Objective: We hypothesized that deficiency in 25-hydroxyvitamin D before hospital admission would be associated with all-cause mortality in the critically ill.
Design: Multicenter observational study of patients treated in medical and surgical intensive care units.
Setting: A total of 209 medical and surgical intensive care beds in two teaching hospitals in Boston, MA.
Patients: A total of 2399 patients, age ≥ 18 yrs, in whom 25-hydroxyvitamin D was measured before hospitalization between 1998 and 2009.
Measurements and main results: Preadmission 25-hydroxyvitamin D was categorized as deficiency in 25-hydroxyvitamin D (≤ 15 ng/mL), insufficiency (16-29 ng/mL), and sufficiency (≥ 30 ng/mL). Logistic regression examined death by days 30, 90, and 365 post-intensive care unit admission, in-hospital mortality, and blood culture positivity. Adjusted odds ratios were estimated by multivariable logistic regression models. Preadmission 25-hydroxyvitamin D deficiency is predictive for short-term and long-term mortality. At 30 days following intensive care unit admission, patients with 25-hydroxyvitamin D deficiency have an odds ratio for mortality of 1.69 (95% confidence interval of 1.28-2.23, p < .0001) relative to patients with 25-hydroxyvitamin D sufficiency. 25-Hydroxyvitamin D deficiency remains a significant predictor of mortality at 30 days following intensive care unit admission following multivariable adjustment (adjusted odds ratio of 1.69, 95% confidence interval of 1.26-2.26, p < .0001). At 30 days following intensive care unit admission, patients with 25-hydroxyvitamin D insufficiency have an odds ratio of 1.32 (95% confidence interval of 1.02-1.72, p = .036) and an adjusted odds ratio of 1.36 (95% confidence interval of 1.03-1.79, p = .029) relative to patients with 25-hydroxyvitamin D sufficiency. Results were similar at 90 and 365 days following intensive care unit admission and for in-hospital mortality. In a subgroup analysis of patients who had blood cultures drawn (n = 1160), 25-hydroxyvitamin D deficiency was associated with increased risk of blood culture positivity. Patients with 25-hydroxyvitamin D insufficiency have an odds ratio for blood culture positivity of 1.64 (95% confidence interval of 1.05-2.55, p = .03) relative to patients with 25-hydroxyvitamin D sufficiency, which remains significant following multivariable adjustment (odds ratio of 1.58, 95% confidence interval of 1.01-2.49, p = .048).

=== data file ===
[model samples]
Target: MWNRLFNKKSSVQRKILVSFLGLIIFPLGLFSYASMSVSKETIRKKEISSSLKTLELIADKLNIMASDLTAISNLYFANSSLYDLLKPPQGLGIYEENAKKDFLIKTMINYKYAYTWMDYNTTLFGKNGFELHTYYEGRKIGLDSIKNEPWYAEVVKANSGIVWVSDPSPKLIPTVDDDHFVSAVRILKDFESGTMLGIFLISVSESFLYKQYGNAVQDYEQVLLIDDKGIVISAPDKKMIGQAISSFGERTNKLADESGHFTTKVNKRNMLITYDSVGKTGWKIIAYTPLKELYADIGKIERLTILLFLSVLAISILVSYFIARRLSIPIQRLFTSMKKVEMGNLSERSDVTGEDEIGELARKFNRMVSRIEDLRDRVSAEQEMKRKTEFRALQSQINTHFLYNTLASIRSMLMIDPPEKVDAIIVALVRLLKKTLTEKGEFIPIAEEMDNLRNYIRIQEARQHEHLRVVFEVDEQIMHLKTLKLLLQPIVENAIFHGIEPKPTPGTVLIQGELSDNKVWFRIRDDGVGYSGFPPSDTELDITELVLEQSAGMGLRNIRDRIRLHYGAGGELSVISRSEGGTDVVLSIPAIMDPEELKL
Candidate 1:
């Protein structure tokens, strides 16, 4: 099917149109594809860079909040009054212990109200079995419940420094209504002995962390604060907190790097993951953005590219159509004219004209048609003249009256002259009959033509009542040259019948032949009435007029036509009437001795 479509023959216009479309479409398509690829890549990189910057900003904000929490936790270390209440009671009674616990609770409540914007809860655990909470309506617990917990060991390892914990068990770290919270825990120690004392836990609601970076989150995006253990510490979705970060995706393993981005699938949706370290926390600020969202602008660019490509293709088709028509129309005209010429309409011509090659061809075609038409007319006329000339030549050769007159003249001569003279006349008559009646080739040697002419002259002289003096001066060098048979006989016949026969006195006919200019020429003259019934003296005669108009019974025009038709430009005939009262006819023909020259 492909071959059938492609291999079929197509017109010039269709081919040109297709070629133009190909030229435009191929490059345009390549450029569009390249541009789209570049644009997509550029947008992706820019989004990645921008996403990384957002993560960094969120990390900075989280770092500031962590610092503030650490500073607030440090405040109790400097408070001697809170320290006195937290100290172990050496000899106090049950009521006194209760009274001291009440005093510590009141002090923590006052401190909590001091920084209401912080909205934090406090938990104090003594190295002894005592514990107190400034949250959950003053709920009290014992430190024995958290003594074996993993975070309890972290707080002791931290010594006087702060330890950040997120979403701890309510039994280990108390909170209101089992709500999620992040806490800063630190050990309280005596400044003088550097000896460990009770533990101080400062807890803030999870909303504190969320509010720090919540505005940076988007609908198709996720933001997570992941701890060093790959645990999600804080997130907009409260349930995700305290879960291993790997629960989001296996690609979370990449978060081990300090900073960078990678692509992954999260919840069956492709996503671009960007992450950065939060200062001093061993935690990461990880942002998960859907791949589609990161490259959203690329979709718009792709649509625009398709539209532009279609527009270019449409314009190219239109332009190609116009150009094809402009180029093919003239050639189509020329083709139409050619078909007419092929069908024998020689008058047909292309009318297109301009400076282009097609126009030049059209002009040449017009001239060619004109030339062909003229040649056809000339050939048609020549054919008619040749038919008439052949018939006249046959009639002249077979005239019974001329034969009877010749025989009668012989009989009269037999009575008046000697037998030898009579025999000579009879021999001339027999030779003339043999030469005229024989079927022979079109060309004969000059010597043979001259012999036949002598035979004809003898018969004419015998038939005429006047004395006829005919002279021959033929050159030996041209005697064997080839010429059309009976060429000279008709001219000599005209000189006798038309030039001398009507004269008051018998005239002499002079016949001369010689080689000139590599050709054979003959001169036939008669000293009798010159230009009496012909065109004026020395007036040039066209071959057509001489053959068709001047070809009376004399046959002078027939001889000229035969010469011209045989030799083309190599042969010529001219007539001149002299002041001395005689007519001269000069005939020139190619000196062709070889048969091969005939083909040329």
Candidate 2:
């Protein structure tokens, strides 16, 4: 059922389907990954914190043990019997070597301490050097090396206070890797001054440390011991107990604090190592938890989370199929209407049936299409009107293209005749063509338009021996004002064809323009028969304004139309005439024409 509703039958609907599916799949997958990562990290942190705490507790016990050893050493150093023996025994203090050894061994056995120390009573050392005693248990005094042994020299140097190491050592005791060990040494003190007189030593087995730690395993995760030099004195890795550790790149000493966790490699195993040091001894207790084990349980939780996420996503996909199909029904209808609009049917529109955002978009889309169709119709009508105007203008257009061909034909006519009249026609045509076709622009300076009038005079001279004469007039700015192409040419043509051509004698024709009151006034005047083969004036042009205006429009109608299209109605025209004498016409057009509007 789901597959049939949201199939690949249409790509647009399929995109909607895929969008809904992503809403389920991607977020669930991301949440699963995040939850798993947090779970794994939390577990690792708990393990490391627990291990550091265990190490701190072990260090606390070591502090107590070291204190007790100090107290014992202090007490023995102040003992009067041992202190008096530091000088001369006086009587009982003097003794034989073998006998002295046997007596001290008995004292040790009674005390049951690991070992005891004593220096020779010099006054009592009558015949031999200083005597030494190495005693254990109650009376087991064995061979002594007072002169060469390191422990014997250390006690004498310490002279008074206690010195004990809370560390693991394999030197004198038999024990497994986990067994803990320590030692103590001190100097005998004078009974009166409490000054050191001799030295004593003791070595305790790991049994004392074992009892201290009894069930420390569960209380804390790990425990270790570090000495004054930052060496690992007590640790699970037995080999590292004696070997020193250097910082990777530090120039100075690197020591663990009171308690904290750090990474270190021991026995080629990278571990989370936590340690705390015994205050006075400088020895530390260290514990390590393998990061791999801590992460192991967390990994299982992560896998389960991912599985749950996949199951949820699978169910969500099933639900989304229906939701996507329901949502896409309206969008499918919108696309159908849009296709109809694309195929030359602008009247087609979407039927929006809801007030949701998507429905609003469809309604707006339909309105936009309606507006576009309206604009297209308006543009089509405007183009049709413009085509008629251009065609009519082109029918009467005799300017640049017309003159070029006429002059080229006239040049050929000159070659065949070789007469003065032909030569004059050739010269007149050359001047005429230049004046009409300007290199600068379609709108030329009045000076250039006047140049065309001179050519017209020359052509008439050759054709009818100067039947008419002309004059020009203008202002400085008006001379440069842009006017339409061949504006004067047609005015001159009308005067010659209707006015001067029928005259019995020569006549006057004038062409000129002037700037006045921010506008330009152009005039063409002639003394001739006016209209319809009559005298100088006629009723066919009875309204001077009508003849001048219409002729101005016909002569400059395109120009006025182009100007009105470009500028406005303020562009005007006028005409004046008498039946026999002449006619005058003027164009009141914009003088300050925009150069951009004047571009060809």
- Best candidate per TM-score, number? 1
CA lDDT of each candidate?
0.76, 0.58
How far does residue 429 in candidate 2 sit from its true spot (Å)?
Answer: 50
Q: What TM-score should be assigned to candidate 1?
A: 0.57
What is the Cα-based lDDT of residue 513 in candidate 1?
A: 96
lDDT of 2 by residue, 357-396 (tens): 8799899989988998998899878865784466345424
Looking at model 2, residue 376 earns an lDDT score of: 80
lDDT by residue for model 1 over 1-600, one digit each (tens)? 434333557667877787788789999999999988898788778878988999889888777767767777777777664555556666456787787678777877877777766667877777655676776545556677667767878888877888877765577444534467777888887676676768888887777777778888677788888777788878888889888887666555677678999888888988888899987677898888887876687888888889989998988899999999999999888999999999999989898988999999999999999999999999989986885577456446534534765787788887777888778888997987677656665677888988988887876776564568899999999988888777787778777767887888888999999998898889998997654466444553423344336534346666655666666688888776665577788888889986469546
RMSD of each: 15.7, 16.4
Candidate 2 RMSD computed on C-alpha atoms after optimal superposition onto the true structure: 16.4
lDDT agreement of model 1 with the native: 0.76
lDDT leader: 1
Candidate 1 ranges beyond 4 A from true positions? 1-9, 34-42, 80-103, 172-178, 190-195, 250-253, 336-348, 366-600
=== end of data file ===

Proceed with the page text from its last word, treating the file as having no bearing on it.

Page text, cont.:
Conclusion: Deficiency of 25-hydroxyvitamin D before hospital admission is a significant predictor of short- and long-term all-cause patient mortality and blood culture positivity in a critically ill patient population.